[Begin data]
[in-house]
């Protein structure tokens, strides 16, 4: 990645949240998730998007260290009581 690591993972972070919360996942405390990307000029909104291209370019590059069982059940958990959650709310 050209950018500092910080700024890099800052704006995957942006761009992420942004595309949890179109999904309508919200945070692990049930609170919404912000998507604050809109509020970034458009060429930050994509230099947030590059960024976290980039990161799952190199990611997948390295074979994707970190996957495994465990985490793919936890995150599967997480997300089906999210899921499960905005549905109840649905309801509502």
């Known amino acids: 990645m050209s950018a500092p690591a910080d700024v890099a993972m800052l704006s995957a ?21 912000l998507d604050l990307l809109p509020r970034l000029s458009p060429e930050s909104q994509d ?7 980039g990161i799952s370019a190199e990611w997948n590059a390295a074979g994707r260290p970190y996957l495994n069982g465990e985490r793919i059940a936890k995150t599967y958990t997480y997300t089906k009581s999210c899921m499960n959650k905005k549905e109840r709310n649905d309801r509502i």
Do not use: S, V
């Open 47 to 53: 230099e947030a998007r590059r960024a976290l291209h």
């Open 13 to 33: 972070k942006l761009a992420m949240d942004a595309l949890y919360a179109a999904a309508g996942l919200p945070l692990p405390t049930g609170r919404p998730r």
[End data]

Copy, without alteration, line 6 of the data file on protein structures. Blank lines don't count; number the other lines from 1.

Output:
């Open 13 to 33: 972070k942006l761009a992420m949240d942004a595309l949890y919360a179109a999904a309508g996942l919200p945070l692990p405390t049930g609170r919404p998730r």